WASHINGTON (Reuters) - A U.S. Senate panel on Wednesday approved a bipartisan bill aimed at bolstering the finances of the Federal Housing Administration, which may need to turn to taxpayers for a bailout later this year.
The Senate Banking Committee passed the FHA bill by a vote of 21 to 1. It was introduced by South Dakota Democrat Tim Johnson, the committee’s chairman, and Idaho Senator Mike Crapo, the top Republican.
The FHA, which insures about a third of U.S. mortgages, faces a projected shortfall of $16.3 billion due in part to defaults on mortgages it guaranteed from 2007 to 2009 as the housing bubble deflated.
It could be forced to turn to the Treasury Department for a bailout at the end of September.
“This bill will give the Federal Housing Administration the tools it needs to get back on track, so it can continue to help qualified borrowers realize the dream of homeownership and provide stability to the housing market in times of stress,” Johnson said in a statement after the vote.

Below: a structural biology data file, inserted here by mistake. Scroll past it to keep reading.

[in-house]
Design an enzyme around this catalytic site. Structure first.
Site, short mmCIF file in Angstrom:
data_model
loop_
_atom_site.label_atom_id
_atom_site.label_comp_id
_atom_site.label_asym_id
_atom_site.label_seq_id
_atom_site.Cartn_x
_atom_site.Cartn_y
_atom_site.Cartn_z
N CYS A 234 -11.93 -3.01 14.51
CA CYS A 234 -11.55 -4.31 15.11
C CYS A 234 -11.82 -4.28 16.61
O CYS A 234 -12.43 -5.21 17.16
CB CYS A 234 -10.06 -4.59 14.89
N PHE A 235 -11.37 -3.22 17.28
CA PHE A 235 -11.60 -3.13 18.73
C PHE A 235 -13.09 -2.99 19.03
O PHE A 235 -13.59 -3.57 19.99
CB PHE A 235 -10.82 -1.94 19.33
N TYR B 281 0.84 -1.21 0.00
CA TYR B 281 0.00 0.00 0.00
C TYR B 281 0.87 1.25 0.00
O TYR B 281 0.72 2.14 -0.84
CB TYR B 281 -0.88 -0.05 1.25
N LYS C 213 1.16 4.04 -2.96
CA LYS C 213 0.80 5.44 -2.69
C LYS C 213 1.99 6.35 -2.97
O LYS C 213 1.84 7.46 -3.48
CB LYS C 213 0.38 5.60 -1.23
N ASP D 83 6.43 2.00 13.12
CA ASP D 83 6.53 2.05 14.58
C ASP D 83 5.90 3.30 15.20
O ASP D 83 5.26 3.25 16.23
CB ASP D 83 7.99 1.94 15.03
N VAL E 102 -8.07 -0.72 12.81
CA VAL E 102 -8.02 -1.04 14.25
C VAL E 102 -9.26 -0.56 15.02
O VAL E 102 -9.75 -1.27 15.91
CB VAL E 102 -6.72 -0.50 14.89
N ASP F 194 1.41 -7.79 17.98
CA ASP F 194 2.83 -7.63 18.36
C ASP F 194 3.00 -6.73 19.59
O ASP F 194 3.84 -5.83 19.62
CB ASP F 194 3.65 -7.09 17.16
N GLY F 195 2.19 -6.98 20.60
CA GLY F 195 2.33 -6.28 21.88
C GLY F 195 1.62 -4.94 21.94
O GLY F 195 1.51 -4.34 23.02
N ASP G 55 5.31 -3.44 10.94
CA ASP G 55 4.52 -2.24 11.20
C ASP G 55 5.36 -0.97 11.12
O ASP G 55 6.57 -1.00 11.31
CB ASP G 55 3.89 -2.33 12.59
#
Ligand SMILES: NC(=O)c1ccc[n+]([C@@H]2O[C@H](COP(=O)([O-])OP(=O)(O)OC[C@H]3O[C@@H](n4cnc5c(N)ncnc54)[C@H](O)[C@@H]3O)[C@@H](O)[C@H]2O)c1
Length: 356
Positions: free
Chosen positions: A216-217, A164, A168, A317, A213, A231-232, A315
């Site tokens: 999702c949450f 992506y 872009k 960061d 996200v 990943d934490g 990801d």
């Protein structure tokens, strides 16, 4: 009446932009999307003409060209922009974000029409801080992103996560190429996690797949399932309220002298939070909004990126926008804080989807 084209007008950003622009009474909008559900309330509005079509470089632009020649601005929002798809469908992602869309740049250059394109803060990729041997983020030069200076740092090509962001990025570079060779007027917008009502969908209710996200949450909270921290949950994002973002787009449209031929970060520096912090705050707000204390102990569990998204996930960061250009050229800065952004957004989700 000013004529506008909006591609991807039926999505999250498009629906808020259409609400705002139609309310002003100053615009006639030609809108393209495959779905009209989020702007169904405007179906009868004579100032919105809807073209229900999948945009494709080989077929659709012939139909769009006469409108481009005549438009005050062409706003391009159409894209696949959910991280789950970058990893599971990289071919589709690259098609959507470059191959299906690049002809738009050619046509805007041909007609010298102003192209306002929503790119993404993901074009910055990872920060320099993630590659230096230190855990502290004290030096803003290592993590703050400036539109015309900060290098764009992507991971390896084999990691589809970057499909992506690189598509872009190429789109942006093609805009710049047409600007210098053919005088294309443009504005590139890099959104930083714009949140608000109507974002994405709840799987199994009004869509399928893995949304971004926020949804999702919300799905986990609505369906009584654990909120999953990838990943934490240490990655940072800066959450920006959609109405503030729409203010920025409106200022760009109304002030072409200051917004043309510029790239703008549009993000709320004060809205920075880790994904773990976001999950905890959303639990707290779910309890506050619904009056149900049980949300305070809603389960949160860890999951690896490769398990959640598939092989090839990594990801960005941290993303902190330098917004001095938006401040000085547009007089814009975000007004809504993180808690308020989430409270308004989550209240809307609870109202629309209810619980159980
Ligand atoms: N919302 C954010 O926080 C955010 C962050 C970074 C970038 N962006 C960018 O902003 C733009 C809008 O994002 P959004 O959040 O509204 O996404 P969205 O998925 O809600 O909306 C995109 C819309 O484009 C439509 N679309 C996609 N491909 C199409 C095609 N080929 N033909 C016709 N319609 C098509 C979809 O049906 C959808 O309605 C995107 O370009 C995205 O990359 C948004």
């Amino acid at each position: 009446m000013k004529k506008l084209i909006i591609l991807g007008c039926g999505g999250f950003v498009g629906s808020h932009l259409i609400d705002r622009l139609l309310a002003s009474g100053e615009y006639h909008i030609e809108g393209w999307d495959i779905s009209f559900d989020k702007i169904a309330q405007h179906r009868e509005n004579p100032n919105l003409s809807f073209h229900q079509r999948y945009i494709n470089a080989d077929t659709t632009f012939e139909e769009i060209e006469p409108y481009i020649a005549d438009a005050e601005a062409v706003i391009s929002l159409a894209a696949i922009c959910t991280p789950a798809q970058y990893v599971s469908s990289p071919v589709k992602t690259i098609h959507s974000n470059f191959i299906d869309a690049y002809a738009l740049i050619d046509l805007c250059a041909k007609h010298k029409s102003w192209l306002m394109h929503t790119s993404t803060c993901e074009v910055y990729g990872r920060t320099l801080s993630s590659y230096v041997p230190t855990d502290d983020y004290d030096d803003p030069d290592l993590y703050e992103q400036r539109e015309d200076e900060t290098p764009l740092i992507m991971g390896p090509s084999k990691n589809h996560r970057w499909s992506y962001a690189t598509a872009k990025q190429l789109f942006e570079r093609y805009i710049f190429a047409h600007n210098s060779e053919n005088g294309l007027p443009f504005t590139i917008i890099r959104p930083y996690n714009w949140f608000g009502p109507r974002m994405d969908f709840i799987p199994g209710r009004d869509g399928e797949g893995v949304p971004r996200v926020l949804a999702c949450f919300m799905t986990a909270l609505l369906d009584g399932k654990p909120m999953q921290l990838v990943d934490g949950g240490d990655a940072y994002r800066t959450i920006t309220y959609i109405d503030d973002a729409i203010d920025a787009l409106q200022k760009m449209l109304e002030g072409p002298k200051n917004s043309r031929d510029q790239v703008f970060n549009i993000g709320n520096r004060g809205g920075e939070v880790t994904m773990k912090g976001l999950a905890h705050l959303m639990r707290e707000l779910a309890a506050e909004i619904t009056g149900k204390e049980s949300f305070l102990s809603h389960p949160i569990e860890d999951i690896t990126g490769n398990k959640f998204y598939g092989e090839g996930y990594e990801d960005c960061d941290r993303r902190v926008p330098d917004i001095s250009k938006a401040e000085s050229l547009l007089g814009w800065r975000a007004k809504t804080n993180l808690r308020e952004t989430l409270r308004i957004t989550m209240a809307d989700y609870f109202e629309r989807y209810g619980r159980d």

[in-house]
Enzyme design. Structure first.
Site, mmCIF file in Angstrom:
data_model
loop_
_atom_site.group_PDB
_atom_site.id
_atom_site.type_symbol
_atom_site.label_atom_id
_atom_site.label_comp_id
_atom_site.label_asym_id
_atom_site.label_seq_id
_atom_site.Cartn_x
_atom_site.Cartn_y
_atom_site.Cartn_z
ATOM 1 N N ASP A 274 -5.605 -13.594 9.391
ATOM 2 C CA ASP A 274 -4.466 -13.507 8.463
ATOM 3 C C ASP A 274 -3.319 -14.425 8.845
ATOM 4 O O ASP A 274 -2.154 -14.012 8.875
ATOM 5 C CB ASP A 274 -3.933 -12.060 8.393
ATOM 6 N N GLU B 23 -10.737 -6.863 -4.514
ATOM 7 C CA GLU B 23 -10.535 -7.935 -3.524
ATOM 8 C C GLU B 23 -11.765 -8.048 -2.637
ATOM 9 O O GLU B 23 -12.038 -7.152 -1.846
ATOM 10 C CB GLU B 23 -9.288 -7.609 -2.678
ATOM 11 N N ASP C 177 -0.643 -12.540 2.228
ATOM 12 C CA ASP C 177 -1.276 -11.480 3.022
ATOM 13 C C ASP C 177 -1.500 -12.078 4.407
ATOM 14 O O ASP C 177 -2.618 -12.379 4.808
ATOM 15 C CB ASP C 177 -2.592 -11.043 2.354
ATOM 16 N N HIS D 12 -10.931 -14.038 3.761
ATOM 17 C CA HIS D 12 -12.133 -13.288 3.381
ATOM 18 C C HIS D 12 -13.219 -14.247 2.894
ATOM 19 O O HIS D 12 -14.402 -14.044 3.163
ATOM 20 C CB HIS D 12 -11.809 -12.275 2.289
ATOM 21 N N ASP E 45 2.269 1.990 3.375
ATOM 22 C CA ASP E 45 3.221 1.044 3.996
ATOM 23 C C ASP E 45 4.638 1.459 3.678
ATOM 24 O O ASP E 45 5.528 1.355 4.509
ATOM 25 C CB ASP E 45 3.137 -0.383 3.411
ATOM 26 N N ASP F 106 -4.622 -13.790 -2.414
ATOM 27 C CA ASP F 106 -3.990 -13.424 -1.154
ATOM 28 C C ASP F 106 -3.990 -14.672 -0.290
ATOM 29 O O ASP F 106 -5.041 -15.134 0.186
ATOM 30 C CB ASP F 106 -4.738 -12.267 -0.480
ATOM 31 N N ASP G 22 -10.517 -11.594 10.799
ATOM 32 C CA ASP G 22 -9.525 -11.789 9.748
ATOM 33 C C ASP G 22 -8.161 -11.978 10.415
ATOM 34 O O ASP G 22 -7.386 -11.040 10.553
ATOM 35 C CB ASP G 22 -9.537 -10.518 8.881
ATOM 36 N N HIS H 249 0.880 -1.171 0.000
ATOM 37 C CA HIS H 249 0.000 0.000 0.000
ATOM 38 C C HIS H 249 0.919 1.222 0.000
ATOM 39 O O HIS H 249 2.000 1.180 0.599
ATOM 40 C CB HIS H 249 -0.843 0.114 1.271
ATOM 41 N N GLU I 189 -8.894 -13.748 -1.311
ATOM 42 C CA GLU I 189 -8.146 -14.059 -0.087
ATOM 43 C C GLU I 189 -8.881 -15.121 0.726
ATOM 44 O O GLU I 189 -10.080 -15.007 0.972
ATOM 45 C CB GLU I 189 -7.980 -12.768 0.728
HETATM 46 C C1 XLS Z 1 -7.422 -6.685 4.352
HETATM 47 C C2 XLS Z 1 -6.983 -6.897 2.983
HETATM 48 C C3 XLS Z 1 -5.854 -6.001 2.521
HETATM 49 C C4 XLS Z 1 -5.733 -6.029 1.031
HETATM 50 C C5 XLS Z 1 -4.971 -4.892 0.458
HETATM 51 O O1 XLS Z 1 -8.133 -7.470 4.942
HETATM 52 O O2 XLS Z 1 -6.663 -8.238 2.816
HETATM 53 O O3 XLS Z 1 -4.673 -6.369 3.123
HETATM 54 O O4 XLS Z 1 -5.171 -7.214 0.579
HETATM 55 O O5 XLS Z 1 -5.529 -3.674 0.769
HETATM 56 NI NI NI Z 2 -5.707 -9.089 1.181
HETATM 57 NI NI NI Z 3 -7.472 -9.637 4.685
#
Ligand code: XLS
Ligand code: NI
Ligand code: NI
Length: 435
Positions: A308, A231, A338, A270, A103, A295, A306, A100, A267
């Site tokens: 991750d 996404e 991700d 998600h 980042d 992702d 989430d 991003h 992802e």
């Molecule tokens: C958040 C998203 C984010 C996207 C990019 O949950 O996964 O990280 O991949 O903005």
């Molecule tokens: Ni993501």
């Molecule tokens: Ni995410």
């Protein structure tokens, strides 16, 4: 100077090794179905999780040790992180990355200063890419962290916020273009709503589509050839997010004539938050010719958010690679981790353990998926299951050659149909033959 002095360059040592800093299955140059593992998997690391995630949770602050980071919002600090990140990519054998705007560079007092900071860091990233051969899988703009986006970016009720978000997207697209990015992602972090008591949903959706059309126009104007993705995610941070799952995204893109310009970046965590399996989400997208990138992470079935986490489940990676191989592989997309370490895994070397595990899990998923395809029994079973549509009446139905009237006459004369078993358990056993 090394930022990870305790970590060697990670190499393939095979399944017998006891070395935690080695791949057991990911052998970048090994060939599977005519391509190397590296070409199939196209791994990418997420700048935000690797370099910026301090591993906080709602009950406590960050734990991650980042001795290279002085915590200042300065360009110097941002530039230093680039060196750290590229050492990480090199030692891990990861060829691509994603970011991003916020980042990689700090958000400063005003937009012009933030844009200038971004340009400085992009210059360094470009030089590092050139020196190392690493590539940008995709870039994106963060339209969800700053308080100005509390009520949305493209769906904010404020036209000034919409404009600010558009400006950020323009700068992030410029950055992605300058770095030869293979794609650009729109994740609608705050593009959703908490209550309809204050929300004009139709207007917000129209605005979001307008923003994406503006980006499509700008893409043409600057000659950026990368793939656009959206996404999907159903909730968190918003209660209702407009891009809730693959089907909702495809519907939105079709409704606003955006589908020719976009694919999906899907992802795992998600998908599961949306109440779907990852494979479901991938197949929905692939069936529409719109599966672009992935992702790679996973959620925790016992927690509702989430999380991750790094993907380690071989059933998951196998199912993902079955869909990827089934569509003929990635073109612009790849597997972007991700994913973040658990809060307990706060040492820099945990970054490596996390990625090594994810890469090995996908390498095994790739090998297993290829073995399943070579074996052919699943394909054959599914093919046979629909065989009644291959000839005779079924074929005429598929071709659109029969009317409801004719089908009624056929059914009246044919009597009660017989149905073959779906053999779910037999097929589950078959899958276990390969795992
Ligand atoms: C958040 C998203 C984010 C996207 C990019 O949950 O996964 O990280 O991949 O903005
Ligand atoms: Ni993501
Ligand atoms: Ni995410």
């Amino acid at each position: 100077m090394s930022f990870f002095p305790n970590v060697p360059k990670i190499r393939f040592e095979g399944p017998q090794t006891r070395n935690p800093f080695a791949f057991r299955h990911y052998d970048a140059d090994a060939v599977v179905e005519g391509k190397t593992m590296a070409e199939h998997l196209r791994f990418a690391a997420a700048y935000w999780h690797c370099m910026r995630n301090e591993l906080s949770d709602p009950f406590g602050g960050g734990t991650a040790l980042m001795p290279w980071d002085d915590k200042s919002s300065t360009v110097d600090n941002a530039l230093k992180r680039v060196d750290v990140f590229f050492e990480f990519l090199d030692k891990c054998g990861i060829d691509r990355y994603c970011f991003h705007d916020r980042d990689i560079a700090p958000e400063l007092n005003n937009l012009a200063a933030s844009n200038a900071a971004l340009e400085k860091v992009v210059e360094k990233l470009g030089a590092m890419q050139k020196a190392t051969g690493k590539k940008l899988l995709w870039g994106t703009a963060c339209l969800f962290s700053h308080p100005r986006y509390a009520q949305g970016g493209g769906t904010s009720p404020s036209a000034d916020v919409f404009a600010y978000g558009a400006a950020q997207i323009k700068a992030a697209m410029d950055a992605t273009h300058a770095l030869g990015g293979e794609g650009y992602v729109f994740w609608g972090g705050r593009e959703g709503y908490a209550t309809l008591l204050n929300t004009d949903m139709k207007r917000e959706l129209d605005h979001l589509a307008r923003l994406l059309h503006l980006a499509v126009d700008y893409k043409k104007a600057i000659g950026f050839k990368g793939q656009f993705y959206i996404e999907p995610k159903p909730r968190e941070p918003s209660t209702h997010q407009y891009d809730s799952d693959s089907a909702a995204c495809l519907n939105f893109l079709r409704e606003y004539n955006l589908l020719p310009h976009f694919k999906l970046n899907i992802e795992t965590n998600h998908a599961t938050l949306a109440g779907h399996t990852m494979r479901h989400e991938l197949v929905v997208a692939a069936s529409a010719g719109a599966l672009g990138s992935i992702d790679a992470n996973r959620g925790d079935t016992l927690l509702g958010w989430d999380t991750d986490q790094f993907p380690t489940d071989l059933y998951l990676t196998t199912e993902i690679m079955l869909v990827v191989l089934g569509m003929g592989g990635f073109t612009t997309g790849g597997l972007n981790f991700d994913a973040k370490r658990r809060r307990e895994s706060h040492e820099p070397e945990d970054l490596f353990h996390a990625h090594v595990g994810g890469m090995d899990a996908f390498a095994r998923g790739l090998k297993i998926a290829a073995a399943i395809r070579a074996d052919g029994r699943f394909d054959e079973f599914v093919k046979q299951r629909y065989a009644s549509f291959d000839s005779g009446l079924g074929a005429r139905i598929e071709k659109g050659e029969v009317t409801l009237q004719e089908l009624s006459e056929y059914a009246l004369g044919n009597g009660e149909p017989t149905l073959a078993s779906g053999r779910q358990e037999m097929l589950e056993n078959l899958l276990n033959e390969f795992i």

The legislation now goes to the full Senate for a vote, but that is not likely to occur until after a month-long recess that begins next week. It could come up for a vote on its own or be included in a broader housing finance reform package that lawmakers hope to craft soon.
The bill would require minimum annual mortgage insurance premiums; require FHA’s parent agency, the Department of Housing and Urban Development, to evaluate underwriting standards; and create new tools for punishing lenders who commit fraud.
Several changes to an initial draft bill Johnson and Crapo had introduced were incorporated in the legislation, including a plan to establish annual “stress tests” of the FHA, similar to the tests the Federal Reserve runs to gauge banks’ health.
“The FHA is broke, plain and simple, and we absolutely have to get the taxpayers out of the bailout business,” said Senator David Vitter, a Louisiana Republican and the sponsor of the stress test provision.
The U.S. House of Representatives passed its own FHA bill last month. Its version would give the agency new authority to tighten terms for reverse mortgages.
Reporting by Emily Stephenson; Editing by Dan Grebler